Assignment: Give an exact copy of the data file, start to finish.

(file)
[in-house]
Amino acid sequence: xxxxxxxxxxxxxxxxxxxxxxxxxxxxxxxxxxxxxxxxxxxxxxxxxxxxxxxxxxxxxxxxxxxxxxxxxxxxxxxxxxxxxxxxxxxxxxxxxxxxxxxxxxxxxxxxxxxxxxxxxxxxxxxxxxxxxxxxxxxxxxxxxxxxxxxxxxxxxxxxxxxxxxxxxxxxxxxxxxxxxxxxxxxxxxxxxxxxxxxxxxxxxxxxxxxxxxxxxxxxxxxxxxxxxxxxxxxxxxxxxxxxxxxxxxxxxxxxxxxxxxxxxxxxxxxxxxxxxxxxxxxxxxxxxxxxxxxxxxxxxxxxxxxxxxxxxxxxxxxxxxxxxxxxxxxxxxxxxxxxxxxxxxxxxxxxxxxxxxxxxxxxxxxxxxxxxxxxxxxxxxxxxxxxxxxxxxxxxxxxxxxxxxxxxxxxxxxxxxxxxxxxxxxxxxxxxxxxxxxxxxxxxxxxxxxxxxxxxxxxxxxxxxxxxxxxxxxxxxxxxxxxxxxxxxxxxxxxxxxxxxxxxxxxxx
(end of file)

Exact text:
[in-house]
Amino acid sequence: xxxxxxxxxxxxxxxxxxxxxxxxxxxxxxxxxxxxxxxxxxxxxxxxxxxxxxxxxxxxxxxxxxxxxxxxxxxxxxxxxxxxxxxxxxxxxxxxxxxxxxxxxxxxxxxxxxxxxxxxxxxxxxxxxxxxxxxxxxxxxxxxxxxxxxxxxxxxxxxxxxxxxxxxxxxxxxxxxxxxxxxxxxxxxxxxxxxxxxxxxxxxxxxxxxxxxxxxxxxxxxxxxxxxxxxxxxxxxxxxxxxxxxxxxxxxxxxxxxxxxxxxxxxxxxxxxxxxxxxxxxxxxxxxxxxxxxxxxxxxxxxxxxxxxxxxxxxxxxxxxxxxxxxxxxxxxxxxxxxxxxxxxxxxxxxxxxxxxxxxxxxxxxxxxxxxxxxxxxxxxxxxxxxxxxxxxxxxxxxxxxxxxxxxxxxxxxxxxxxxxxxxxxxxxxxxxxxxxxxxxxxxxxxxxxxxxxxxxxxxxxxxxxxxxxxxxxxxxxxxxxxxxxxxxxxxxxxxxxxxxxxxxxxxxx